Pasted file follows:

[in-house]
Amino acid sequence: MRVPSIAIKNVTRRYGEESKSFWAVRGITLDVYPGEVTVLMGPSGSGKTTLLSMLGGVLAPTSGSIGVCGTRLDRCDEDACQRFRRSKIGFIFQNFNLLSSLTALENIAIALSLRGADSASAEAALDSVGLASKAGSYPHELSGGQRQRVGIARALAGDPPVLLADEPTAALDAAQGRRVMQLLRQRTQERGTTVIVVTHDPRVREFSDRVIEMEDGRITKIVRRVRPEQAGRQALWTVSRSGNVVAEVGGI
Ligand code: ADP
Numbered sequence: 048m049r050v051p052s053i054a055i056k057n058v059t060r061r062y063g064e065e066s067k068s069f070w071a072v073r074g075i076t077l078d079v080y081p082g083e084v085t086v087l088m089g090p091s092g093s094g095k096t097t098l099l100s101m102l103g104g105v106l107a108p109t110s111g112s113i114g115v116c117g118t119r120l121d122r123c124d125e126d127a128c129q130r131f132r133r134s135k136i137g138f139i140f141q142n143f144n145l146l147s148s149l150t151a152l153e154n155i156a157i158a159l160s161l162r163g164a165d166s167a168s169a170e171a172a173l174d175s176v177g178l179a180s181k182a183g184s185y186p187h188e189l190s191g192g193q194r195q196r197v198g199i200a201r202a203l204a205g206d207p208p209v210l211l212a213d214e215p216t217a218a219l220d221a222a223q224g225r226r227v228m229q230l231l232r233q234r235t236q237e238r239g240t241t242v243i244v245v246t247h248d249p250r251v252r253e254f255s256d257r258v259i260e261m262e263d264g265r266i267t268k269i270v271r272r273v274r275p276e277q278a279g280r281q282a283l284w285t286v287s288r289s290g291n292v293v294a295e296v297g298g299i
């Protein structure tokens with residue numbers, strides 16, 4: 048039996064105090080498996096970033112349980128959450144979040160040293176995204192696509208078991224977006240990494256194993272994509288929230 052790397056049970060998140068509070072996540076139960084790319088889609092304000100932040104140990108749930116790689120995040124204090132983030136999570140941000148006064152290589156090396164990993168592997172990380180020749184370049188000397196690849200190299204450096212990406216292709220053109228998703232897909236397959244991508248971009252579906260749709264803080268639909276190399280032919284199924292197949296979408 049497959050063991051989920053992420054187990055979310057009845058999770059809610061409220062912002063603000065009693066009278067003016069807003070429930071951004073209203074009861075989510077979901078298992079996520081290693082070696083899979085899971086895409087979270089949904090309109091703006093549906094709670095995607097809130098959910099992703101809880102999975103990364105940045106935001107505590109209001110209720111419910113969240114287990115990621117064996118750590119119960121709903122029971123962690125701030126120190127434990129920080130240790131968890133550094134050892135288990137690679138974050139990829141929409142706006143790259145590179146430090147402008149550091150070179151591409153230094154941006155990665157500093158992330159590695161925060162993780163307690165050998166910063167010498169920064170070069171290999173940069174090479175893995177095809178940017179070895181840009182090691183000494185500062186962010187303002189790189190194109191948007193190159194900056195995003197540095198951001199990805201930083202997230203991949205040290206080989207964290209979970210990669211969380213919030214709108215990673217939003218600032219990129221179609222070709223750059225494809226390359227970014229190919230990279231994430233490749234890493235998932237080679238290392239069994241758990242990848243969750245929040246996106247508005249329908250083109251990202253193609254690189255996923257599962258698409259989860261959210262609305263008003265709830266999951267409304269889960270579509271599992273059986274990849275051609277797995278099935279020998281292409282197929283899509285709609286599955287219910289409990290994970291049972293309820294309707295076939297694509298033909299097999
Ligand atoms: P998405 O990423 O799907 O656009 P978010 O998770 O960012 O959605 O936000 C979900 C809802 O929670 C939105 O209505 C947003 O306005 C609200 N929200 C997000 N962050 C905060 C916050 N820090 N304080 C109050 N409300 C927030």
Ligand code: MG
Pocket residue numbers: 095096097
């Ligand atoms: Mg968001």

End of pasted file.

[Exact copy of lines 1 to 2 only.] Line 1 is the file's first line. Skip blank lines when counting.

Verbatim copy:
[in-house]
Amino acid sequence: MRVPSIAIKNVTRRYGEESKSFWAVRGITLDVYPGEVTVLMGPSGSGKTTLLSMLGGVLAPTSGSIGVCGTRLDRCDEDACQRFRRSKIGFIFQNFNLLSSLTALENIAIALSLRGADSASAEAALDSVGLASKAGSYPHELSGGQRQRVGIARALAGDPPVLLADEPTAALDAAQGRRVMQLLRQRTQERGTTVIVVTHDPRVREFSDRVIEMEDGRITKIVRRVRPEQAGRQALWTVSRSGNVVAEVGGI